Sussex coastal walk - Beachy Head
PUBLISHED: 09:59 23 December 2014 | UPDATED: 10:57 05 October 2017
Stave off the Christmas pounds on this beautiful coastal walk
At 162 metres (531 ft), Beachy Head is the highest chalk sea cliff in Britain. From the top, on a clear day you can see the headlands of Selsey Bill to the west and Dungeness to the east. The chalk here formed 100 million years ago and the dramatic cliffs were cut at the end of the last Ice Age when sea levels rose, forming the English Channel. Beachy Head is not part of the famous Seven Sisters cliffs, which begin further west at Birling Gap and run along to Cuckmere Haven.
The bottom of all these gorgeous white cliffs is constantly eroded by the waves, causing slabs of chalk to suddenly give way above; large landslides are rare – the last being a large protrusion known as the Devil’s Chimney, which was close to the Beachy Head lighthouse and gave way in 2001 after a winter of heavy rain. In case it happens again, please stay well away from the cliff edges. This is a popular filming spot, featuring in the legendary last scene of Quadrophenia and used as the site of the Quidditch World Cup in Harry Potter and the Goblet of Fire.
Sadly the height of Beachy Head has made it a notorious suicide spot. Be warned that members of the Beachy Head Chaplaincy Team and the Samaritans patrol the cliff tops on the lookout for people in trouble, so if you do this walk alone you might be approached by a kind face wanting to check on your well-being.
For a pub lunch: Head to The Eight Bells (01323 484442; www.theeightbellsjevington.co.uk; BN26 5QB), which is 5½ miles away in Jevington village. The pub has wonderful views of the South Downs and serves tasty, traditional food, plus a veggie option. Drive back inland and turn left onto the B2103, then left onto the A259. After about 1½ miles take the turn right to Jevington.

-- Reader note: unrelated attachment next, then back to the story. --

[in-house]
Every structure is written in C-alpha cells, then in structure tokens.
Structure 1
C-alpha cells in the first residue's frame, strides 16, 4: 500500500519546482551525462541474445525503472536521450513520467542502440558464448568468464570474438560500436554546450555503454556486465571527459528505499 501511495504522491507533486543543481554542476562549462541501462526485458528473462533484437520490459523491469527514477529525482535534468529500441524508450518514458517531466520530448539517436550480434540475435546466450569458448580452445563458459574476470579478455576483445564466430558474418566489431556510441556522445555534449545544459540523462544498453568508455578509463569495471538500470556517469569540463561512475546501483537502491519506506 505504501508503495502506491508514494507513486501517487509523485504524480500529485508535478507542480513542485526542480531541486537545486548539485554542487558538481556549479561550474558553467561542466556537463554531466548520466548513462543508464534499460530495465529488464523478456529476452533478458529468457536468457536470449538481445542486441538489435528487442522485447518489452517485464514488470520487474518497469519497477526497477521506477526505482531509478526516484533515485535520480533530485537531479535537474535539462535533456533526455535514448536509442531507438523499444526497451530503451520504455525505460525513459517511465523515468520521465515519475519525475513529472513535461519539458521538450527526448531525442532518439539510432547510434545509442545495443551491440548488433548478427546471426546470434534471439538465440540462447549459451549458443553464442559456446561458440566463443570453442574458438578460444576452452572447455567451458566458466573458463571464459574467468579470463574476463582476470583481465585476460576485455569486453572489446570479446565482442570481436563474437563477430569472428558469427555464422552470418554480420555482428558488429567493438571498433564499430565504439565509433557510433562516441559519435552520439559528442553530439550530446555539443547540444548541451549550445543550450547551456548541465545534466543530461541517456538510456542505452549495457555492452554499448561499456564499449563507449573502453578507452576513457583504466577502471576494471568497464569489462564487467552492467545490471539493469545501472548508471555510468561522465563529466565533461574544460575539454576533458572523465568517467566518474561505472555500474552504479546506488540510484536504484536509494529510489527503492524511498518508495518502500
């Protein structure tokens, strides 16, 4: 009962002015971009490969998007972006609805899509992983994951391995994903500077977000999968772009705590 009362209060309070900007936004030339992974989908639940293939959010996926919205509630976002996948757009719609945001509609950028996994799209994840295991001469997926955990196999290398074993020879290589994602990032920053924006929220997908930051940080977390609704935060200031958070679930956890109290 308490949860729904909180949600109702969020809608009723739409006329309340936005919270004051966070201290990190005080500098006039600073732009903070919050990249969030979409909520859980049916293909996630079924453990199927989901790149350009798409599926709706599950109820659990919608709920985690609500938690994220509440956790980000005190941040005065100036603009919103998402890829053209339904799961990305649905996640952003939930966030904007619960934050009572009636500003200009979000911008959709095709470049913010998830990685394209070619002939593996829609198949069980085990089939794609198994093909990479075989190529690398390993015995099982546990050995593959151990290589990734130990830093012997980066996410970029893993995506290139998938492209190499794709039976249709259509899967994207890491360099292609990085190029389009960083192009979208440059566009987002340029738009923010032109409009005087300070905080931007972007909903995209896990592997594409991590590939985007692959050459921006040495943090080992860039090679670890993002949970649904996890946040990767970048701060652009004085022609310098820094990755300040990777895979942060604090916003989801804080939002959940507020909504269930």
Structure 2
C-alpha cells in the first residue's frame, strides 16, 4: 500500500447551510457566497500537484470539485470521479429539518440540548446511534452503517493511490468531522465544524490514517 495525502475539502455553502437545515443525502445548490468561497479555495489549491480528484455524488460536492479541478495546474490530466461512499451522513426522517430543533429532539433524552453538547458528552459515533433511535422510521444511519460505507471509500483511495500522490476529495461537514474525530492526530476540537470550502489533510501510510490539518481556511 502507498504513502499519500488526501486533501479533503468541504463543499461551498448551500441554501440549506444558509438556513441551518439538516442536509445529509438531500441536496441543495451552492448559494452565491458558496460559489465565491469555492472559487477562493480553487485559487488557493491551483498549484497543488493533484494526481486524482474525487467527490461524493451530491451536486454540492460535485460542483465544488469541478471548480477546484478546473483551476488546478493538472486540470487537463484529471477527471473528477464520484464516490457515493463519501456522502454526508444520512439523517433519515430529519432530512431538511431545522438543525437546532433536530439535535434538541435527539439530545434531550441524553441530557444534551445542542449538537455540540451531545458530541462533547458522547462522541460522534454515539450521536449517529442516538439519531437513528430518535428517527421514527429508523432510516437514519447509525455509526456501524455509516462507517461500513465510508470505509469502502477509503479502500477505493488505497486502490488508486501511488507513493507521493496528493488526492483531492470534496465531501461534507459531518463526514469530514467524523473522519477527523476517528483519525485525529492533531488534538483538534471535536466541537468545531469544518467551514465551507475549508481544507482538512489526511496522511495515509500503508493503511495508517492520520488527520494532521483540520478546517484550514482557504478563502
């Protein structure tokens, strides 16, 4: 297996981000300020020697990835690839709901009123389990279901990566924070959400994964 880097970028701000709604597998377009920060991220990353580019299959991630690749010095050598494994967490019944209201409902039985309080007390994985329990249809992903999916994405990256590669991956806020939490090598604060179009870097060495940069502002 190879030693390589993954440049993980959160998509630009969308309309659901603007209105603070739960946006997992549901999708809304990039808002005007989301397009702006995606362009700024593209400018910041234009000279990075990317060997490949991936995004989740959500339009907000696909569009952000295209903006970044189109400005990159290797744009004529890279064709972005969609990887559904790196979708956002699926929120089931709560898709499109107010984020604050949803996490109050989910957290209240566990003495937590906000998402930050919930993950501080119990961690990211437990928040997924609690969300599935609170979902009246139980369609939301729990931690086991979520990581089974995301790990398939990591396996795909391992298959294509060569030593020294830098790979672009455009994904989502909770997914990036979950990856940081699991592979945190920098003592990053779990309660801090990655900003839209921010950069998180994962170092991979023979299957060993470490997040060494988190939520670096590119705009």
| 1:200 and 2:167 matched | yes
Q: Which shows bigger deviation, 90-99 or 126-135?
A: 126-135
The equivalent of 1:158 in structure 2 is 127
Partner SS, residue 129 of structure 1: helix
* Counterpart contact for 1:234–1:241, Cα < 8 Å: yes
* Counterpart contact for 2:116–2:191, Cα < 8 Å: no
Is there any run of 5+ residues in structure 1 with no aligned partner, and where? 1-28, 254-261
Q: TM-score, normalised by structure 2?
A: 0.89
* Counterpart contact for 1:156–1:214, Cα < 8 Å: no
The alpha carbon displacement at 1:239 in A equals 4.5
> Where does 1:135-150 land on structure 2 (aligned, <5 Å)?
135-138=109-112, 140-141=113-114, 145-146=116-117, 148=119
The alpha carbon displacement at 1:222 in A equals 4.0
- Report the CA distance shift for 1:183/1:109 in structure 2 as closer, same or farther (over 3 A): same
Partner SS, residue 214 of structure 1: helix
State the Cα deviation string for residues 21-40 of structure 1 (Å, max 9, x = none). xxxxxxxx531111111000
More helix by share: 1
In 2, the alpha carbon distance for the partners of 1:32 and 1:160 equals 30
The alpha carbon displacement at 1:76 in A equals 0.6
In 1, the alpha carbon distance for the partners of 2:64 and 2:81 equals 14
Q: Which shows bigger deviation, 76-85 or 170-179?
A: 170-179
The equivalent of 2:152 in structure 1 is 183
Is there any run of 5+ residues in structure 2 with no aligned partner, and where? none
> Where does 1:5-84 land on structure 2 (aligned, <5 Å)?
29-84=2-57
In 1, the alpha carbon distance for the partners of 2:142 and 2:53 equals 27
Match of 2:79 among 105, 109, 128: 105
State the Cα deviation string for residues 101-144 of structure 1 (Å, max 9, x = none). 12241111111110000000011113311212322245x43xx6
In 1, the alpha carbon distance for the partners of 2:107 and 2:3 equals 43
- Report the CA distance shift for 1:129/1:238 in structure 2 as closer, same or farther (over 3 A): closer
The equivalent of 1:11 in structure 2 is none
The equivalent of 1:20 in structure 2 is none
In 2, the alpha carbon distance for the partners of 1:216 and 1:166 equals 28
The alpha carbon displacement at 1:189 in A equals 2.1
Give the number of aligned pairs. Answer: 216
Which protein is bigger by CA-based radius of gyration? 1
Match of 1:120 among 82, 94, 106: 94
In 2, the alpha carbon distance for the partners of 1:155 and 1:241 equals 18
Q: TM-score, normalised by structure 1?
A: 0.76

Good to know
• Distance: 1½-2 hours to walk
• Terrain: Mainly grassy paths (which can be muddy) with a lot of up and down.
• Where to park: In the long roadside car park north of the main Beachy Head car park.
1 - From the car park, cross the road, taking the wide grassy path that heads north-east.
2 - At the signpost, go right, walking along a wide grassy path that soon heads downhill between scrub. At the next signpost, maintain direction towards the sea.
3 - At this signpost take the narrow grassy path right, which leads past a bench and then downhill towards rugby pitches. Ignore the route joining from the left and continue upon this path, which curves around the bottom of the hill.
4 - Take the wide grassy path left, walking with the rugby pitches on your right.
5 - Turn right and walk alongside the sea. If you have dogs, please put them on leads because this path runs very close to the cliff edges in places. Where the path divides after the end of the rugby pitches maintain direction straight ahead, walking towards a bench and then down steps.
6 - Where the way divides take the right-hand path – don’t head left down to the sea. At the bench, continue straight on uphill.
7 - At the short, white-marked post veer slightly right, walking up the very steep grassy path. Do not walk straight on as the cliffs fall away.
8 - At the top, head left towards fencing and the WWII plaque. Please have all dogs on leads on the cliff tops! Follow the tarmac path around the cliff tops, heading west. The walk now becomes as long as you want it to be: I suggest walking about a mile and then turning back.
9 - You can either retrace your steps aside the sea or walk slightly inland through scrub.
10 - After the WWII plaque on your right, head straight on at the signpost with a yellow arrow, leaving the tarmac path and walking along a gritty narrow path. This leads past a bench and then into scrub, curving around the side of the hill. Ignore the two lots of steps and maintain direction.
11 - Eventually you will pass through a section of trees and reach a signpost with a yellow South Downs Way arrow. Head left here to another signpost with a yellow arrow; continue this way past a bench, through a small section of scrub and then cut left upslope, back to the car.